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Ghost Plane

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  • 2.1 Ghost Planes List

In 1997, eyewitnesses from the eastern USA claimed they saw a single-engine aeroplane crash. But when the coast guard searched the waters off Connecticut, they could not find any wreckage or bodies. Also none of the airports reported any planes missing. The Dark Peak area of Derbyshire, England has been the location of many sightings of alleged ghost planes, often described as a WWII-era Douglas C-47 Skytrain.

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Ghost Planes List [ ]

  • The Derbyshire Ghost Plane
  • The LV-MLO from Mexico
  • The Plane with skeletons on board
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A ghost plane flying at night

  • 3 Huggy Wuggy

The unsolved mystery of the 1999 'ghost flight' accident

To this day, nobody knows why the small jet lost contact minutes after takeoff and crashed down to earth, four and a half hours later..

 Learjet 35 flying in the sky (photo credit: Wikimedia Commons)

So, what happened to the crew?

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  • Airport & ATM

Ghost flights are a phantom problem

ghost flight list

A ghost flight has no formal definition but is generally considered to be a flight that operates on less than 10% passenger capacity.

With aviation’s environmental footprint under close scrutiny, it is understandable that the issue of such flights has been getting attention. But how bad is the problem?

One report in the UK’s Guardian newspaper in September 2022 said that 5,000 “empty”, and 35,000 flights with less than 10% occupancy, had flown in the United Kingdom since 2019.

The story had significant flaws, however. Firstly, this period covered the pandemic, which was completely unrepresentative of a normal air transport market. Secondly, no context was given around the numbers. 40,000 sounds a lot, but in the context of the 4,566,382 flights that took place in the United Kingdom over that period—even during the unprecedented COVID-19 collapse in traffic—that comprises less than 1% of all flights.

Of course, any flight that takes place almost empty is bad for the environment and bad for airline finances. But precisely for these reasons, airlines don’t operate ghost flights without cause. The analysis in the Guardian failed to explain that many of these flights were cargo flights, carrying vital supplies, including vaccines and personal protective equipment, during the pandemic. The cargo demand and humanitarian need justified the operation of certain flights, even with low passenger load factors.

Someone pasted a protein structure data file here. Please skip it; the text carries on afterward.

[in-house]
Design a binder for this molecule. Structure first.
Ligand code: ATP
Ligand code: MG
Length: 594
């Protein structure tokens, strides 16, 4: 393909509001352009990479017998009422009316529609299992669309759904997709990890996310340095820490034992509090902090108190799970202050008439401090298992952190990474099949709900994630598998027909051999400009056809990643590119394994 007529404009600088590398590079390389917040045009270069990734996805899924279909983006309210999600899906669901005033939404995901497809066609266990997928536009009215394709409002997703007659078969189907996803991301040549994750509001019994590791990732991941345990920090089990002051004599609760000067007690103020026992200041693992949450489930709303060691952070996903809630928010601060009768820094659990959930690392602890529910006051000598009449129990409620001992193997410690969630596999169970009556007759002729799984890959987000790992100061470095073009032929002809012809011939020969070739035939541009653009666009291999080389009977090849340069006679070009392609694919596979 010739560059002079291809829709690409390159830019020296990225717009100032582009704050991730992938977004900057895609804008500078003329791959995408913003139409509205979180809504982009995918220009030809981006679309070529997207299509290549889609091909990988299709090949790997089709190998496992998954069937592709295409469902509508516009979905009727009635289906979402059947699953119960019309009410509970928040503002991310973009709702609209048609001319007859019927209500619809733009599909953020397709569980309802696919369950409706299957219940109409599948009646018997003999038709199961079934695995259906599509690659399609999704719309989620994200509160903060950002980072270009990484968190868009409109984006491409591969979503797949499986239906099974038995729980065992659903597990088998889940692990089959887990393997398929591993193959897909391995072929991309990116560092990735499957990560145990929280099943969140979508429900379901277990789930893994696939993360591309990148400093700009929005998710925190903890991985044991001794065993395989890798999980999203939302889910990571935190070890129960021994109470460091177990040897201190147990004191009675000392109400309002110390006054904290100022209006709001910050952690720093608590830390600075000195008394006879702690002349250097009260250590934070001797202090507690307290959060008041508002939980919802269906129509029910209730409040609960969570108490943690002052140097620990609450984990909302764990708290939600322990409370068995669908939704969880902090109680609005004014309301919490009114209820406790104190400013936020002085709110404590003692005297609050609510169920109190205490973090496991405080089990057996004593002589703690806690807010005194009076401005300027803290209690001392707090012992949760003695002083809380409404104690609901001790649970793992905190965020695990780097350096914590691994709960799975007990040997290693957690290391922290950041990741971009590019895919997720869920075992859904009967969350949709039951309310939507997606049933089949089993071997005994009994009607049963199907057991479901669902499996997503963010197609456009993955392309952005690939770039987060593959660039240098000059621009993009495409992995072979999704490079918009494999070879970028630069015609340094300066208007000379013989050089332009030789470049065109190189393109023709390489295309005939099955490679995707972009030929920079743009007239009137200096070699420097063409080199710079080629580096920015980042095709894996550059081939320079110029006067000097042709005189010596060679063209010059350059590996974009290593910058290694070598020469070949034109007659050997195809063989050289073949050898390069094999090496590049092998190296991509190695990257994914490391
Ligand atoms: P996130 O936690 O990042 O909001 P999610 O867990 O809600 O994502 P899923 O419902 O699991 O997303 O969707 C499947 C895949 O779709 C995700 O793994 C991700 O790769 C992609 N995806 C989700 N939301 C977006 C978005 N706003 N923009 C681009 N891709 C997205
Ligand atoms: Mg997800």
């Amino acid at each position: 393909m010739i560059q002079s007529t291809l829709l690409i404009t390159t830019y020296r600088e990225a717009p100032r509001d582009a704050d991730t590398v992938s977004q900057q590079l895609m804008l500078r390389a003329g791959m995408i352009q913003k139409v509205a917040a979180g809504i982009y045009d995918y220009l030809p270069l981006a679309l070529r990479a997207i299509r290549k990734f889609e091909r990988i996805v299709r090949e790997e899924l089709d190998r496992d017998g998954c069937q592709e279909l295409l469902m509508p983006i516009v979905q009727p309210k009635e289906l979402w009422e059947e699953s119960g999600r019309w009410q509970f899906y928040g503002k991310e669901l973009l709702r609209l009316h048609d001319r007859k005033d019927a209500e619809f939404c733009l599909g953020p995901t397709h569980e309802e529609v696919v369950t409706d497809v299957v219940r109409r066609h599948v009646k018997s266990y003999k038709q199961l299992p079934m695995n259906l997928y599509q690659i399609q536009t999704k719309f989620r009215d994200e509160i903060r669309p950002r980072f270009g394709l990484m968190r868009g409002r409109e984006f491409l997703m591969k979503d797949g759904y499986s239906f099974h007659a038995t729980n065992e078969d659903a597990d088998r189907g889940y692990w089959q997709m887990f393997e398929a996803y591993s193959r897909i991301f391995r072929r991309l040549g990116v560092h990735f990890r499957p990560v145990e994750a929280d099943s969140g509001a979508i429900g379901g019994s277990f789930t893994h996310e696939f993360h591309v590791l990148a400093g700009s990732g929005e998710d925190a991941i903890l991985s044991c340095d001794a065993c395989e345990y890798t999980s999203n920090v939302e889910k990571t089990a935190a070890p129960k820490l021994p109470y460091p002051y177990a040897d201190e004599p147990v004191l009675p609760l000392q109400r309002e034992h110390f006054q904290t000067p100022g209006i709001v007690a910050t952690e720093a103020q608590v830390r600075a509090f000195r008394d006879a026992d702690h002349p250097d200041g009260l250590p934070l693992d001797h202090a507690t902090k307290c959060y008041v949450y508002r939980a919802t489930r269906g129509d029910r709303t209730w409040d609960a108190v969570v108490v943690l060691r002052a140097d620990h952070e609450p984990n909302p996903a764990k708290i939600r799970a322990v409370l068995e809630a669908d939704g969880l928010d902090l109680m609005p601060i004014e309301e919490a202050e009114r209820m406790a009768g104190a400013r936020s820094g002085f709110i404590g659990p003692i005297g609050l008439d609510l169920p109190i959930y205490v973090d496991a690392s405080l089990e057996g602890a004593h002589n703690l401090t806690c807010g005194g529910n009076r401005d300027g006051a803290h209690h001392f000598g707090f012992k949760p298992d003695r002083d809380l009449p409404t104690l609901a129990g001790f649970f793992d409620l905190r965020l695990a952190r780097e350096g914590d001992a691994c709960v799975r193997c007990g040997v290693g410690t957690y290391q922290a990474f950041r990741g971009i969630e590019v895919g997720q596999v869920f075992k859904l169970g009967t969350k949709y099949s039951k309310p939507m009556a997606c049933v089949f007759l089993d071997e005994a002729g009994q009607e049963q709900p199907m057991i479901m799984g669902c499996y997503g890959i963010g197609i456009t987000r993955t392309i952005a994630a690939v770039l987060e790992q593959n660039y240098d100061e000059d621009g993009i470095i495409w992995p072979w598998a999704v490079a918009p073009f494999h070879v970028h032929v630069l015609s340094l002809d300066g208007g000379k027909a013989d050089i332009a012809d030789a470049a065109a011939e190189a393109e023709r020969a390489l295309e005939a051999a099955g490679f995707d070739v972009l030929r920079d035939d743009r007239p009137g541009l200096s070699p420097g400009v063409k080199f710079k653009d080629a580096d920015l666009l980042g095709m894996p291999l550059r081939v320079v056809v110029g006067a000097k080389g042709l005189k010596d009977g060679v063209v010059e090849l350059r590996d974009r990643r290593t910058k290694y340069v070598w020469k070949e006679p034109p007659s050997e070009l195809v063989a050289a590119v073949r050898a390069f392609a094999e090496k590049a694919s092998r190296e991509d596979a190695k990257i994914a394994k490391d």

Similarly, there were a number of repatriation flights, or flights where passenger numbers were deliberately restricted to comply with COVID regulations set by governments. Additionally, there are always some flights to move aircraft to maintenance facilities or, as was the case during the pandemic, fly a significant number into storage.

Flights to protect slots?

Were any of these flights simply slot blocking? The 80-20 ‘use-it-or-lose-it’ rule was obviously not designed to work during a 95% collapse in demand, and the slot rules were cited as a potential cause of some flights having to operate unnecessarily in Europe.

But this was not the case in the United Kingdom, where the slot rules were suspended. There was a risk that some unnecessary flights could happen in the EU because the European Commission was too quick to restore higher slot use rates. However, for the most part during the pandemic, the slot rules were just about flexible enough that ghost flights were not a major issue.

When asked, IATA Director General Willie Walsh was unequivocal: “I’m not aware of any airline company that I’ve worked with deliberately operating an empty flight simply to maintain a slot.”

The bigger picture

The ghost flights non-story has, however, raised important questions that need to be answered on slot allocation rules. The European Union is looking again at its Slot Regulation, with a consultation in place leading to a potential revision of the rules in 2023.

Although the revision is focusing on wider issues of competition, accessibility, and capacity, the role of slot rules in promoting greener flying is also in the mix. In addition to international efforts to reach net-zero carbon emissions, the European Union has instigated its own initiatives through the EU Green Deal.